A Redditor has taken an X-ray radiograph of the Nintendo Switch, providing a unique look at the home/handheld console hybrid. The image captures a view of the Nintendo Switch, which is still whole and functional, with all of its internal components laid bare for the world to see. While the radiograph doesn't necessarily provide any detail or knowledge not already known from Switch teardowns, it does make for a beautiful picture.
Breakdowns of the Nintendo Switch reveal that the large circular object at the center of the image is the console's main fan. To the left is the console's large battery, not a secret internal monitor like it may seem. That of course leaves the Switch's major components, CPU and GPU, in the bottom and top right. The imaging of the JoyCons are somewhat less informative, only showing recognizable detail around the joysticks.
Even without going into specific detail regarding what the X-ray radiograph shows inside the Switch, there's no argument that the image itself is quite beautiful. Most Nintendo Switch owners will only ever see the smooth, perfunctory design of the outside of the console, never guessing at the art of the internal design. Every chip, capacitor, and wire within the Switch had to be organized in a perfect manner to support the goals of the platform. It's a neat reminder of the effort Nintendo went to to bring the Switch to life.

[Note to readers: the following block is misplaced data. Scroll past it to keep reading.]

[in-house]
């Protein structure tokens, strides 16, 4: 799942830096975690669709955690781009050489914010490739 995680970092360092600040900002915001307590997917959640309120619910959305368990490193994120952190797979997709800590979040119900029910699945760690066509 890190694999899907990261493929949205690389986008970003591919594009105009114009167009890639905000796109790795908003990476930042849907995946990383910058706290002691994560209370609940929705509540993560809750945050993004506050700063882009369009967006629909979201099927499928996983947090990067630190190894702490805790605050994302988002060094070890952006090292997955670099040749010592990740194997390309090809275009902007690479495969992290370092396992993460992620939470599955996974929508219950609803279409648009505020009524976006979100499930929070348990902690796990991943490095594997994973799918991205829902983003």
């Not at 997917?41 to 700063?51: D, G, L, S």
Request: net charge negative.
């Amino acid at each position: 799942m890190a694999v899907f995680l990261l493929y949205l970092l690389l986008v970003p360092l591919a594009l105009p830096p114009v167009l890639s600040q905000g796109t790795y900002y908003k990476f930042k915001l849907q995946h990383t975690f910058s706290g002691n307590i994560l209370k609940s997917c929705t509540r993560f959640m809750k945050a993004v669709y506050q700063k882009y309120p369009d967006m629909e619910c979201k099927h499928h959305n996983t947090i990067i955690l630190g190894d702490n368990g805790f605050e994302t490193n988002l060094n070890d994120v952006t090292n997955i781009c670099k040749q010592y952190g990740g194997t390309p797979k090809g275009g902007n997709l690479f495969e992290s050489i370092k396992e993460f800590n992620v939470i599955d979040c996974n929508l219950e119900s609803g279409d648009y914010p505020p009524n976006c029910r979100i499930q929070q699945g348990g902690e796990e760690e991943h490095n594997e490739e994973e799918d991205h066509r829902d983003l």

A radiograph of the Nintendo Switch also provides unique opportunities for the Nintendo community. As soon as someone had posted the radiograph, a request had been posted for someone to create a mock-up of what a transparent purple, Game Boy Color-inspired version of the Switch would look like. It only took a few hours for another user to post it. As expected, it looks pretty impressive. More than that, it definitely looks like something Nintendo could release rather easily, since it'd just be a new pair of JoyCons rather than a complete Switch redesign.
The Nintendo Switch is currently available for purchase, though stock is in extremely short supply.